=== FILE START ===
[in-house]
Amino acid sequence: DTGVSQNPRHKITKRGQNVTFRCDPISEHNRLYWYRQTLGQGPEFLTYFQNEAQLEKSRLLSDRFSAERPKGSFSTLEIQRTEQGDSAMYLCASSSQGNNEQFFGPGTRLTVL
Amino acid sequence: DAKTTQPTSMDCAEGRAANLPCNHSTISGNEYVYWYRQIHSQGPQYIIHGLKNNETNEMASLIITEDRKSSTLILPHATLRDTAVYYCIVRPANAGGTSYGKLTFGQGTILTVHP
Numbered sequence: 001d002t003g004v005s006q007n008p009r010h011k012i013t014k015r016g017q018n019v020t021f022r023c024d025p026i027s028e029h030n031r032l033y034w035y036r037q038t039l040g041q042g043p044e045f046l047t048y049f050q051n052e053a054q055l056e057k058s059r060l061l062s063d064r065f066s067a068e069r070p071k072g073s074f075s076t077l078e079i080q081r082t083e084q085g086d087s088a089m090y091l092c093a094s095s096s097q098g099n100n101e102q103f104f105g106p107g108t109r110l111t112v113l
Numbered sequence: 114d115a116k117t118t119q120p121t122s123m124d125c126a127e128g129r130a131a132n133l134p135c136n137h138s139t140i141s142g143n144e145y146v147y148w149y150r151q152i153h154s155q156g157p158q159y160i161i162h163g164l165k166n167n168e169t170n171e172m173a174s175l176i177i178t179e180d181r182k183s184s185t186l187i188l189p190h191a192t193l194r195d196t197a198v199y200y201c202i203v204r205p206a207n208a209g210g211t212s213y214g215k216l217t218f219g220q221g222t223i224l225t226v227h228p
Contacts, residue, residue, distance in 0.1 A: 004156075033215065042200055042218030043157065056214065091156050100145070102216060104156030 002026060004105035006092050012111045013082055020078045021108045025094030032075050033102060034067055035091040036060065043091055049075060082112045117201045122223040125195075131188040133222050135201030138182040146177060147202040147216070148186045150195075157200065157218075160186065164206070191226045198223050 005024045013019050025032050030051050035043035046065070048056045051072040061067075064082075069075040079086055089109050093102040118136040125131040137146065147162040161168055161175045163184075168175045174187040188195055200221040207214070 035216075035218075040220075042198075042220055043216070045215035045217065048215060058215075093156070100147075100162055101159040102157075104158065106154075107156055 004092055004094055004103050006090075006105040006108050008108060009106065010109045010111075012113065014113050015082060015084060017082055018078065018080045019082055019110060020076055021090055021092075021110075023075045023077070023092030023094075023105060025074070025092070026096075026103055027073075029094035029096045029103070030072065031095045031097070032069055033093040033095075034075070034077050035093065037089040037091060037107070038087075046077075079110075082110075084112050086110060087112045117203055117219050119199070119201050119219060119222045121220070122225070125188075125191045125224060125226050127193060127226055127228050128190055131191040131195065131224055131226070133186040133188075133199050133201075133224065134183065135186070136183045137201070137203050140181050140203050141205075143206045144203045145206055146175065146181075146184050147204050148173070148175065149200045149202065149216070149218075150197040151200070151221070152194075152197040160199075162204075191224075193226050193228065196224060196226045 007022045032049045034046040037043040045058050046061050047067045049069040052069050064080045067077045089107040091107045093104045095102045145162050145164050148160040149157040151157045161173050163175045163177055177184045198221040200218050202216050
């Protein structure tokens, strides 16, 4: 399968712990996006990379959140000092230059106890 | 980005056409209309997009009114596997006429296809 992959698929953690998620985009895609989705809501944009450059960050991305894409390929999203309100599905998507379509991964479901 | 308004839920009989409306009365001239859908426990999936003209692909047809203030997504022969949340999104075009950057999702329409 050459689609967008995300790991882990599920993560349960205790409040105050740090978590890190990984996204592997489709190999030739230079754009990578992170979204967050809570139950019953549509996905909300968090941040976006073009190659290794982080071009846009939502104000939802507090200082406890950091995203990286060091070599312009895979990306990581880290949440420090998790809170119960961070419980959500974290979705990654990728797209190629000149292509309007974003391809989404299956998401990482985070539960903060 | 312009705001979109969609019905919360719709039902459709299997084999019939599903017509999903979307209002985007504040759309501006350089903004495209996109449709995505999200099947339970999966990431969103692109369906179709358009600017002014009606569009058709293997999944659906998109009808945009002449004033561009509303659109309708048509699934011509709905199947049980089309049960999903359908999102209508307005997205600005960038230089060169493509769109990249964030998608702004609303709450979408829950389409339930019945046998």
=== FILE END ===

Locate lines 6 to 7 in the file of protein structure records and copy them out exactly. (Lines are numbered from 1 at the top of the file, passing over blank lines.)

Contacts, residue, residue, distance in 0.1 A: 004156075033215065042200055042218030043157065056214065091156050100145070102216060104156030 002026060004105035006092050012111045013082055020078045021108045025094030032075050033102060034067055035091040036060065043091055049075060082112045117201045122223040125195075131188040133222050135201030138182040146177060147202040147216070148186045150195075157200065157218075160186065164206070191226045198223050 005024045013019050025032050030051050035043035046065070048056045051072040061067075064082075069075040079086055089109050093102040118136040125131040137146065147162040161168055161175045163184075168175045174187040188195055200221040207214070 035216075035218075040220075042198075042220055043216070045215035045217065048215060058215075093156070100147075100162055101159040102157075104158065106154075107156055 004092055004094055004103050006090075006105040006108050008108060009106065010109045010111075012113065014113050015082060015084060017082055018078065018080045019082055019110060020076055021090055021092075021110075023075045023077070023092030023094075023105060025074070025092070026096075026103055027073075029094035029096045029103070030072065031095045031097070032069055033093040033095075034075070034077050035093065037089040037091060037107070038087075046077075079110075082110075084112050086110060087112045117203055117219050119199070119201050119219060119222045121220070122225070125188075125191045125224060125226050127193060127226055127228050128190055131191040131195065131224055131226070133186040133188075133199050133201075133224065134183065135186070136183045137201070137203050140181050140203050141205075143206045144203045145206055146175065146181075146184050147204050148173070148175065149200045149202065149216070149218075150197040151200070151221070152194075152197040160199075162204075191224075193226050193228065196224060196226045 007022045032049045034046040037043040045058050046061050047067045049069040052069050064080045067077045089107040091107045093104045095102045145162050145164050148160040149157040151157045161173050163175045163177055177184045198221040200218050202216050
């Protein structure tokens, strides 16, 4: 399968712990996006990379959140000092230059106890 | 980005056409209309997009009114596997006429296809 992959698929953690998620985009895609989705809501944009450059960050991305894409390929999203309100599905998507379509991964479901 | 308004839920009989409306009365001239859908426990999936003209692909047809203030997504022969949340999104075009950057999702329409 050459689609967008995300790991882990599920993560349960205790409040105050740090978590890190990984996204592997489709190999030739230079754009990578992170979204967050809570139950019953549509996905909300968090941040976006073009190659290794982080071009846009939502104000939802507090200082406890950091995203990286060091070599312009895979990306990581880290949440420090998790809170119960961070419980959500974290979705990654990728797209190629000149292509309007974003391809989404299956998401990482985070539960903060 | 312009705001979109969609019905919360719709039902459709299997084999019939599903017509999903979307209002985007504040759309501006350089903004495209996109449709995505999200099947339970999966990431969103692109369906179709358009600017002014009606569009058709293997999944659906998109009808945009002449004033561009509303659109309708048509699934011509709905199947049980089309049960999903359908999102209508307005997205600005960038230089060169493509769109990249964030998608702004609303709450979408829950389409339930019945046998």